''Beverly Hills Cop II'' begins exactly the way the first film did, with Mr. Murphy in Detroit in the midst of an undercover scam. However, he is now wearing the fanciest of wardrobes and driving a Ferrari, which effectively cuts any tie to reality in the film's first few minutes. Supposedly, the Detroit police department has paid for all of this, in an effort to help Axel pass as a plausible high roller. Yet his boss, Inspector Todd (Gil Hill), balks at advancing him expense money once Axel decides to return to California to help his old friends. All of the key original actors, like Mr. Hill, have returned this time, and the screenplay (by Larry Ferguson and Warren Skaaren) works hard to give them more to do.
Axel's arrival in Beverly Hills is greeted by exactly the same kinds of touristy shots - Rodeo Drive, the Beverly Hills Hotel - that showed up in the first film. And soon he is embroiled in a complicated plot that, like the first film's, pits him against cool, merciless Teutonic villains. Chief among these are Jurgen Prochnow as an evil kingpin and Brigitte Nielsen as his coldblooded assistant. The six-foot-tall Miss Nielsen is a walking photo opportunity, and Mr. Scott happily cuts from stylized images of her to other attention-getters, like **** glass or galloping race horses. The rock-video imperative, the need to keep all images as vibrant and nonverbal as possible, is especially noticeable in Miss Nielsen's scenes.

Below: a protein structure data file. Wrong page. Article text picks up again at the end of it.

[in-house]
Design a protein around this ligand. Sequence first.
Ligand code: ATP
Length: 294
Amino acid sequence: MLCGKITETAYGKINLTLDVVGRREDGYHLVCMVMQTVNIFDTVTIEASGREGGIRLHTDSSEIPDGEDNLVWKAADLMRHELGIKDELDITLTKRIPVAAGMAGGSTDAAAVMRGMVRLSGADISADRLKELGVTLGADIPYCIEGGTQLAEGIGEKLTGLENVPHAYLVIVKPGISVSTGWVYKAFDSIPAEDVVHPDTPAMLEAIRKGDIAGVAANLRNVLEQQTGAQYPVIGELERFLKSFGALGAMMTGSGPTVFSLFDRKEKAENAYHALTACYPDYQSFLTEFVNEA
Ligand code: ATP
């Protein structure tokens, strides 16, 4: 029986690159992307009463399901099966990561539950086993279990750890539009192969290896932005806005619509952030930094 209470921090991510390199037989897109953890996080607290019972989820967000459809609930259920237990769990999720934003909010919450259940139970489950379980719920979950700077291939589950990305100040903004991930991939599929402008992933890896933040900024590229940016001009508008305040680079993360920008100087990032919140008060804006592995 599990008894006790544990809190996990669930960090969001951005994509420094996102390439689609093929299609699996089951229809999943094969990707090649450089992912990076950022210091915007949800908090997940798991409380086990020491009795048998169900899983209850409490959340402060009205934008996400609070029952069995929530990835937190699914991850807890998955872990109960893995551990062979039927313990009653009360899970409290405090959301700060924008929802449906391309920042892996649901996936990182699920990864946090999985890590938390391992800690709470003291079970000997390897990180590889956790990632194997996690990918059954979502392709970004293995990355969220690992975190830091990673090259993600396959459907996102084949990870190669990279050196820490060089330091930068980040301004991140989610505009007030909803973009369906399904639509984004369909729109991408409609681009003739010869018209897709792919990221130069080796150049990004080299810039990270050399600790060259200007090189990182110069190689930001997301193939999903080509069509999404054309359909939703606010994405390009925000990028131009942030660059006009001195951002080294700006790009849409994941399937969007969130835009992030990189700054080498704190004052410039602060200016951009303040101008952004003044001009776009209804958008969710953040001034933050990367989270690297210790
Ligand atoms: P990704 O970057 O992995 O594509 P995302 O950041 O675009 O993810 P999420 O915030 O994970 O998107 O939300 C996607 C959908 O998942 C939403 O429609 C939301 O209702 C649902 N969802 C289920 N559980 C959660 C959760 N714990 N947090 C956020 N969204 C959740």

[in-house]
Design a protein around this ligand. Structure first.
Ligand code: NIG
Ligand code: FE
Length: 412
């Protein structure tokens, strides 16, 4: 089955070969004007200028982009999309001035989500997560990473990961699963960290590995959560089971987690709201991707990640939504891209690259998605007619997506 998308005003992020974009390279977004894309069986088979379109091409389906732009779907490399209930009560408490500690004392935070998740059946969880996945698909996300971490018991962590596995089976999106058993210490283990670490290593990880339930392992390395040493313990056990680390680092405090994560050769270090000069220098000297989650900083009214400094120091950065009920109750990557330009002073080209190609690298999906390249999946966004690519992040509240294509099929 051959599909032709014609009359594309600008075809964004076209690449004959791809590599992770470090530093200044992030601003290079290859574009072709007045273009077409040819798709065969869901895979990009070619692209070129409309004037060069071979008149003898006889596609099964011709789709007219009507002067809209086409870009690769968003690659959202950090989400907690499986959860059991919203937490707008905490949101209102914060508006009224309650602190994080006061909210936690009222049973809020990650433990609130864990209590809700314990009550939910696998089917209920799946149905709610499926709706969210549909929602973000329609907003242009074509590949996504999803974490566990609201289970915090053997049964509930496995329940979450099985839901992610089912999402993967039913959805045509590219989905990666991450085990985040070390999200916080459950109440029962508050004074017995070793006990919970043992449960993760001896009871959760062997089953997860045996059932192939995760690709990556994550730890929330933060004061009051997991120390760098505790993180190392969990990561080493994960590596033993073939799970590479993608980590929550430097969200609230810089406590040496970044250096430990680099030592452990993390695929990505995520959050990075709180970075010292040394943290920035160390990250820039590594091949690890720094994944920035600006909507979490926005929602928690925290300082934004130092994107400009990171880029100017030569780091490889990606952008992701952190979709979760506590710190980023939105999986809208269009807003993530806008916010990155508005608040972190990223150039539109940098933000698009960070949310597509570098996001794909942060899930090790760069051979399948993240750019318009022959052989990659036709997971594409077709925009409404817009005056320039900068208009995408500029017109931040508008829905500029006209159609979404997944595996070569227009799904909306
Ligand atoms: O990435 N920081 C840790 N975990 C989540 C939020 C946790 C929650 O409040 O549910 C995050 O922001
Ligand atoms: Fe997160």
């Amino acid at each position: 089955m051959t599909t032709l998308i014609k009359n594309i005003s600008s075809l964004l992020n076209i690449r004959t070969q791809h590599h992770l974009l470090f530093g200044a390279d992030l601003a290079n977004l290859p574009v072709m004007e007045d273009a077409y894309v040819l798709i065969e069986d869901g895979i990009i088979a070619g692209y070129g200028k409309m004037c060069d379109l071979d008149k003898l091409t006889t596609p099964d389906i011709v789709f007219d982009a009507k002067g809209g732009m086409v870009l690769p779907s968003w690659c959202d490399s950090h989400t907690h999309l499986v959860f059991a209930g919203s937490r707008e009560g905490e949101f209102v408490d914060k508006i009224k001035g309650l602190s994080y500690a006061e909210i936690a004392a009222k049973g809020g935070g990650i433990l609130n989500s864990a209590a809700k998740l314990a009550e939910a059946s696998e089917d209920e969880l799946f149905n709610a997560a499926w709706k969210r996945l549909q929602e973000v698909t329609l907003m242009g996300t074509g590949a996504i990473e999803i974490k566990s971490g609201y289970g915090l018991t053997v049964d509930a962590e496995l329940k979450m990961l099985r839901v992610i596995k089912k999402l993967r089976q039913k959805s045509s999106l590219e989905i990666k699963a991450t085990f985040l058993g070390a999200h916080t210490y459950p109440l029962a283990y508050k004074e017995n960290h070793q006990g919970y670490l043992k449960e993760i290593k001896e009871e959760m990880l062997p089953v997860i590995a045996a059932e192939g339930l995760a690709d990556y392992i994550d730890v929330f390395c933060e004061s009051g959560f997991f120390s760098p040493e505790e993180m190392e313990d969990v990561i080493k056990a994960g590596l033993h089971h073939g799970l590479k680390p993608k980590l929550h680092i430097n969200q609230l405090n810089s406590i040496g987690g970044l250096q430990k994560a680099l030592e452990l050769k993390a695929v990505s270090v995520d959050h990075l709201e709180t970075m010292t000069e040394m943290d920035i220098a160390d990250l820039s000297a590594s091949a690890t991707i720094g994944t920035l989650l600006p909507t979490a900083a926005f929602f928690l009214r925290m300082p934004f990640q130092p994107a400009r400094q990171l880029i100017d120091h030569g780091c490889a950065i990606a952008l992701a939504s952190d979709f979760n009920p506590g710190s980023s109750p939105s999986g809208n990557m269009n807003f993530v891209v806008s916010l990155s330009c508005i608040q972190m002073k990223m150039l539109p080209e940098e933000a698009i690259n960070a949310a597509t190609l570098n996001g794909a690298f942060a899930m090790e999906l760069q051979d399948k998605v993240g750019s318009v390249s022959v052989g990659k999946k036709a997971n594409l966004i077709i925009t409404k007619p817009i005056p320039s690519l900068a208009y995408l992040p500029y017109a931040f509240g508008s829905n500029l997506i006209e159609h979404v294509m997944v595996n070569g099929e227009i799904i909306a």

For all the flash, it's Mr. Murphy that audiences will come to see, and Mr. Murphy whose manic impersonations are the film's only raison d'etre. To his credit, Mr. Murphy always manages to make his riffs seem new. And Axel's delight at his own extravagant rudeness remains his funniest attribute, never more so than in the particularly contrived scene that brings Axel, crazy Billy Rosewood and the wonderfully long-suffering John Taggart to the Playboy mansion. (The new film is more noticeably misogynist than its predecessor, and more intent on cheesecake, which is where the crowd of volleyball-playing bunnies come in.) To hear Mr. Murphy cry ''Hef!'' - with just the right mix of impudence, wit and sheer reckless bravado - is to remember why Axel Foley became the toast of Beverly Hills in the first place.